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The tubular skylight or solar tube is arguably the most popular way to imbue indoor spaces with natural lighting today.
Compared to other solar lighting solutions, it’s the pick of most homes, businesses, and buildings. So, there’s a good chance you’ll want to go for this option, too.
Though, before we get to that, there are a couple of important points to discuss. First, you want to research and understand the pros and cons of solar tube skylights.
Second, you must learn where insulation comes in when it comes to these structures. Insulation can play an essential role in a solar tube lighting system’s performance, which is why we’ll discuss it today.
Are Solar Tubes Insulated?
Let’s cut to the chase, shall we? Yes, certain solar tube lighting systems need to be insulated so they don’t make room for unwanted heat gain, which can result in their burning out.
This process is done by insulating the tubes and blocking the vents.
One drawback of tubular skylights is their tendency to heat during particularly hot and humid seasons or climates.
One of the simplest and most effective ways to prevent this is through insulation, which also boosts energy efficiency. Insulation prevents more than 50 percent of heat loss, so there’s plenty of reason to do it.
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Solar Tube Drawbacks
Since we started off introducing a solution to a particular solar tube drawback, it’s only appropriate that we continue with the list. So, what else do you have to watch out for in these natural light-diffusing sources?
1. Not Suitable for All Homes
The type of roof your home has could prevent you from having a tubular skylight installed. Traditional roofs with 15- to 60- degree slopes are okay for installation, but flat or too-steep roofs are another story.
They’ll pose a difficult installation process for professionals and an almost impossible one for you.
Aside from the angle, the material of your roof also matters. It could be composed of a material that requires an adapter for installation, which can be quite challenging.
Also, since roofs are the only places solar tubes can be installed, the solar tube lighting system won’t do as well outside the last floor of a several-story building.
Although they might work with the help of long tubes, this can make the installation process even more complicated than it already is.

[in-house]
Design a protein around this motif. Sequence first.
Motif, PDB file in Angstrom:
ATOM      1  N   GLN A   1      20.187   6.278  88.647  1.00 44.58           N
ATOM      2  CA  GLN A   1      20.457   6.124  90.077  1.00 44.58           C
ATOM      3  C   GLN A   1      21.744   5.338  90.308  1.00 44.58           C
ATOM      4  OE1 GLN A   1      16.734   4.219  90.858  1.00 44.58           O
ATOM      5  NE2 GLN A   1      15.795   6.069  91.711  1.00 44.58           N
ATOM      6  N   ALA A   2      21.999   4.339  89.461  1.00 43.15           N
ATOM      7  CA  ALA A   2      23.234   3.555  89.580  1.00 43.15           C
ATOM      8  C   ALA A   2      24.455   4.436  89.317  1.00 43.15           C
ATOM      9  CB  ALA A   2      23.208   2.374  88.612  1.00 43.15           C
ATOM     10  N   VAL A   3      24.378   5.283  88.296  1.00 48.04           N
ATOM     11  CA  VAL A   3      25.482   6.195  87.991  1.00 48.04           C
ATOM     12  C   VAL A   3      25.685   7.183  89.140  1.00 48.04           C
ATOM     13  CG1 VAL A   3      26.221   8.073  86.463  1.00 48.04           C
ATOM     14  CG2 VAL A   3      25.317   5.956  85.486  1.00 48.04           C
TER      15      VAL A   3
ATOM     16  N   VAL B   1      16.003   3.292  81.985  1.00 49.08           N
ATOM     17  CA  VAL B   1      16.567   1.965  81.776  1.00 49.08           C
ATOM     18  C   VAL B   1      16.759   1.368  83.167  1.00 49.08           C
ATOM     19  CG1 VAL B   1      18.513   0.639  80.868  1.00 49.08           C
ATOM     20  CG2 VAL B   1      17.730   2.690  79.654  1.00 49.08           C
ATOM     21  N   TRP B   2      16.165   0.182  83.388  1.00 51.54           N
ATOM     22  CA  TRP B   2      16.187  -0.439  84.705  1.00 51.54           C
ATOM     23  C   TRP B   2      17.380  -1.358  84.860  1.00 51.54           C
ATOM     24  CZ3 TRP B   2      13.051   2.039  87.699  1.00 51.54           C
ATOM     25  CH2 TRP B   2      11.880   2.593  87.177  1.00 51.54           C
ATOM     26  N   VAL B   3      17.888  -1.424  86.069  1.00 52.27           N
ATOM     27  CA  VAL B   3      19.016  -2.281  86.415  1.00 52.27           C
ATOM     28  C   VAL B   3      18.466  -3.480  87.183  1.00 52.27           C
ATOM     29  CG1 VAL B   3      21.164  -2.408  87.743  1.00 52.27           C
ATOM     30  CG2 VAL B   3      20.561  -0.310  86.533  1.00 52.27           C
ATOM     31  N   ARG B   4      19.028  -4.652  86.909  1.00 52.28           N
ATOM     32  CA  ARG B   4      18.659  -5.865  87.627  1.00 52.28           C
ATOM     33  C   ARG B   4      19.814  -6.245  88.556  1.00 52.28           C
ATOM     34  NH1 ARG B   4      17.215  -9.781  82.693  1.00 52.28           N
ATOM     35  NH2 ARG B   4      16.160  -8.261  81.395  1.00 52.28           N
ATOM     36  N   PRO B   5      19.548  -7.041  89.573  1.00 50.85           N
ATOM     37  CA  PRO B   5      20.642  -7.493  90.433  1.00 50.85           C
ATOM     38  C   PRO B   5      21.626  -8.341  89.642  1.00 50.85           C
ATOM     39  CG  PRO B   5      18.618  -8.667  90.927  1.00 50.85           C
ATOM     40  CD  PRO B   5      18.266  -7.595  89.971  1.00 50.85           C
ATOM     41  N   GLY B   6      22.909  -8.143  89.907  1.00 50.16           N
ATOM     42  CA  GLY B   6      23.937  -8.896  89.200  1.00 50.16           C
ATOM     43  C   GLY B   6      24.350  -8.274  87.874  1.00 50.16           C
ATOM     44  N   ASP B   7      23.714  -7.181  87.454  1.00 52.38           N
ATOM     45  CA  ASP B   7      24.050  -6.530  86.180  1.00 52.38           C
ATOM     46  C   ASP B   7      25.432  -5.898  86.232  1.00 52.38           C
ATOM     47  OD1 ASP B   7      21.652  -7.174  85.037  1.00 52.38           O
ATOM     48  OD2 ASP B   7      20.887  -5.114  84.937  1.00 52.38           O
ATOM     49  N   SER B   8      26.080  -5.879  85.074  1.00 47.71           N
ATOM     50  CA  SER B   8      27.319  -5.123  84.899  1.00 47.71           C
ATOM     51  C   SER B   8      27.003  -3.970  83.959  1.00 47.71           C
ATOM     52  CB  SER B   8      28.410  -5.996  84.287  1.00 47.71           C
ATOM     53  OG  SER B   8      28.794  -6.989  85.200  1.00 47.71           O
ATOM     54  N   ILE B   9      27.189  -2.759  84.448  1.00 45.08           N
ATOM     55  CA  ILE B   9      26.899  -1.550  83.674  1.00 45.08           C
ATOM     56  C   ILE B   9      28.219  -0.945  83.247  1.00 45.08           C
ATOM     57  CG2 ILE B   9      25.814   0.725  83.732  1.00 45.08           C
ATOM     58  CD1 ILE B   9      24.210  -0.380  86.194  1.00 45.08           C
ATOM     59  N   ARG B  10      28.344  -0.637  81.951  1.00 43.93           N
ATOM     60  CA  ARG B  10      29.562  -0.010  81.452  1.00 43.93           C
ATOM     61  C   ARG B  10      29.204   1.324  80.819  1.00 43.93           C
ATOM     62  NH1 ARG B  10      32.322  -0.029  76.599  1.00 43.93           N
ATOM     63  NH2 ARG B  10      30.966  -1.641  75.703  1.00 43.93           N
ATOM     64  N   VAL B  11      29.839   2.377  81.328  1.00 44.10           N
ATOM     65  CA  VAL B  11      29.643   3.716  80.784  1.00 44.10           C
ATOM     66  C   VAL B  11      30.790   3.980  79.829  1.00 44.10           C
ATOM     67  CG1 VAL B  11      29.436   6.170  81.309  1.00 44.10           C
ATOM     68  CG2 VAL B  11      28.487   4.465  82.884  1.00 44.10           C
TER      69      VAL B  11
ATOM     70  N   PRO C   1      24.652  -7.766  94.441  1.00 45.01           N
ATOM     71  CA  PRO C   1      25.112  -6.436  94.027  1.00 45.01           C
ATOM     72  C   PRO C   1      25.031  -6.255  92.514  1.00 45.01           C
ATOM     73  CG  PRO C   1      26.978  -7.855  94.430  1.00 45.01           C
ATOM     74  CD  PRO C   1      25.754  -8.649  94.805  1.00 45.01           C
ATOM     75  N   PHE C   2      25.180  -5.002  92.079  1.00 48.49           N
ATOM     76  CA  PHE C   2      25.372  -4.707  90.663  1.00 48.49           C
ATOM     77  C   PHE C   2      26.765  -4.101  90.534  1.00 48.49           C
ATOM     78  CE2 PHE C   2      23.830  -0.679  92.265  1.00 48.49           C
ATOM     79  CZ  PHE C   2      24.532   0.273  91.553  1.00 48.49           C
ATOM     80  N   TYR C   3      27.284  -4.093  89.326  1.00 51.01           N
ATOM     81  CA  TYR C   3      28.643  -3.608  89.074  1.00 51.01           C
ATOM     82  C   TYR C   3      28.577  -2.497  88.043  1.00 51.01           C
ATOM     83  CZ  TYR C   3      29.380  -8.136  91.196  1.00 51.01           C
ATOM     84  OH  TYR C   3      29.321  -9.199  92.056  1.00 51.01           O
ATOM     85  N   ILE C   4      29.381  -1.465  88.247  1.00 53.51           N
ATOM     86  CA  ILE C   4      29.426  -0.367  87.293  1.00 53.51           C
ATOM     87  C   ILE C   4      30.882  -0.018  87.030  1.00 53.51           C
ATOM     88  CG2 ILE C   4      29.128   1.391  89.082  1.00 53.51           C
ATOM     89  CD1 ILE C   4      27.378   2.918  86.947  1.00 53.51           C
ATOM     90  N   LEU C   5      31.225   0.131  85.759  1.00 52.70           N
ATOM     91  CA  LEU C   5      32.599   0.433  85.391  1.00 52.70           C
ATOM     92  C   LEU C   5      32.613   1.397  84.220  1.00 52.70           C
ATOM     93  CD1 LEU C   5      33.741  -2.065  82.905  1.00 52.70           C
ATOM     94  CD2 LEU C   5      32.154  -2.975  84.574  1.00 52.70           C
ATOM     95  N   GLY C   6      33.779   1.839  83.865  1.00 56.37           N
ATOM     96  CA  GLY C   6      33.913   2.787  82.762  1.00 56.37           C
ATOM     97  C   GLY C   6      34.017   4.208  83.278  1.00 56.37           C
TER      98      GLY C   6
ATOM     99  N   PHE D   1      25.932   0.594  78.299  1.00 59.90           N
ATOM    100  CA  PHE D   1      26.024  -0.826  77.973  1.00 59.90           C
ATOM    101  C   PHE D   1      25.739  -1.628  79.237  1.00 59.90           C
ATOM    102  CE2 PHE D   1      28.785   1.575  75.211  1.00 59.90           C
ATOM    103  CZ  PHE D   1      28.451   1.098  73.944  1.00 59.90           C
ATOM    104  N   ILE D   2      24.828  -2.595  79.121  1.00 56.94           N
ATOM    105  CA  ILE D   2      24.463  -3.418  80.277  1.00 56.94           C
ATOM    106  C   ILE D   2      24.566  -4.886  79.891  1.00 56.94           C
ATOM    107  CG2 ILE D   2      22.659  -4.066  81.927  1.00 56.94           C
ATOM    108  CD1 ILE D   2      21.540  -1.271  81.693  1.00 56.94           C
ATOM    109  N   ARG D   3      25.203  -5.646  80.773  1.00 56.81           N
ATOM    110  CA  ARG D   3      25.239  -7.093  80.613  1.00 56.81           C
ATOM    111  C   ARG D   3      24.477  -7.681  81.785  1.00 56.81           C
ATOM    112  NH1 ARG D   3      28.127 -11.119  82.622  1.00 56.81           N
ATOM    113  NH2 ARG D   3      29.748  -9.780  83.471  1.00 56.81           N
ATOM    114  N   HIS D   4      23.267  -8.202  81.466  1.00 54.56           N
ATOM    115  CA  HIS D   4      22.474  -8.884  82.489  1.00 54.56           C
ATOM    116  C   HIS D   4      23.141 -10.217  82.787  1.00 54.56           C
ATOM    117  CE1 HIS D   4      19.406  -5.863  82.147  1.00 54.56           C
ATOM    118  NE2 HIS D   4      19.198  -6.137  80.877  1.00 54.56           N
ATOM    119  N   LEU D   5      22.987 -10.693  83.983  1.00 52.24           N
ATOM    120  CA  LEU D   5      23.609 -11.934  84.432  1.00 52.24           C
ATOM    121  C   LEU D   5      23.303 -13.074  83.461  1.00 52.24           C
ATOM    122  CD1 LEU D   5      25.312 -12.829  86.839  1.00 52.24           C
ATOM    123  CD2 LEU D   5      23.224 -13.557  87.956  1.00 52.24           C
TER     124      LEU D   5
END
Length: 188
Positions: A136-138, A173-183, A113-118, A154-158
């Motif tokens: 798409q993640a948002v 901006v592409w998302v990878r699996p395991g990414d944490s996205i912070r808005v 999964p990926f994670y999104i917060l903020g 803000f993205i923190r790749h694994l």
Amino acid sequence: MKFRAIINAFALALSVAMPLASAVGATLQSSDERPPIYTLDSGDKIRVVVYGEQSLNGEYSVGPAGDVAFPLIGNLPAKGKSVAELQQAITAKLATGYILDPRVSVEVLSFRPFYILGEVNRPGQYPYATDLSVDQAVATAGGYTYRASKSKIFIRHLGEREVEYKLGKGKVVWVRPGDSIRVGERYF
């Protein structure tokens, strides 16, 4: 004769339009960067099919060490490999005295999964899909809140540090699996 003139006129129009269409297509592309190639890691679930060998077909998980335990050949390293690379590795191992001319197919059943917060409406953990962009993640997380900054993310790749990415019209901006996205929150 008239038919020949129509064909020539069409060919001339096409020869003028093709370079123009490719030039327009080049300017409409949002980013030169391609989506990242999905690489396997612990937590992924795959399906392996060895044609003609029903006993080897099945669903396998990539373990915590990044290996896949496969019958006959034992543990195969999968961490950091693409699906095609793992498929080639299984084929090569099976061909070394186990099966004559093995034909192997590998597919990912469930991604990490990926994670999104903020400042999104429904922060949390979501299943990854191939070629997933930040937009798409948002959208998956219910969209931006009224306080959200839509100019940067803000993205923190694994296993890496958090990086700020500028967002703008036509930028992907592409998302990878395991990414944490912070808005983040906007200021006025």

2. Single Energy Source
As you would expect, a solar tube can only draw energy from sunlight, which can be a bad thing on days when the sun doesn’t show.
When weather hinders or keeps the system from getting sunlight, you might barely get sun in your indoor space, too. That’s why it’s a good idea to have a backup light source on days like this.
3. Limited Styles
If you’re quite particular about aesthetics, a solar tube’s limited design styles might not make you too happy.
First of all, it’s not like a traditional skylight that can give you a great view of the sky. Its design is more obscure and does not come with much variety.
Of course, if you’re a fan of simplicity, this natural lighting option should rock your world. It comes mostly as diffusers and window films, which would fit right in a minimalist home.
4. Complicated Installation
A solar tube light tends to take up a lot of space during installation, so the process could give you a headache if you don’t have much space, to begin with.
Every inch is utilized, so your small home would pose even more challenges for the already challenging installation process. If you’re in this situation, better ask an expert to take care of things.
5. Poor Ventilation System
Ventilation systems and solar tubes do not mix. So, if you’re looking for a system that can release heat or capture a chill breeze, this isn’t it.
That said, this shouldn’t be too much of a problem to overcome and can be remedied by putting a few simple solutions in place.
6. Noise Pollution
Some solar tube domes make use of reflectors to disperse more sunlight. These can be particularly noisy during windy days.
Pros Outweigh the Cons
There’s a reason tubular skylights are among the most popular artificial lighting types today. That’s because professional installation easily remedies their drawbacks.
Let the experts handle the installation process, and there shouldn’t be anything to keep your natural lighting structure from performing optimally.
Tubular Skylight or Traditional Skylight?
The traditional skylight might get the “oohs” and “ahhs” from guests and visitors for its appearance, but it’s the tubular skylight that functions optimally without too much fuss.
Granted, if you’re willing to put in the time and effort to circumvent the usual challenges posed by the conventional skylight, it could still prove a worthy investment. But our advice? Stick to the solar tube, as it really holds the edge when it comes to function.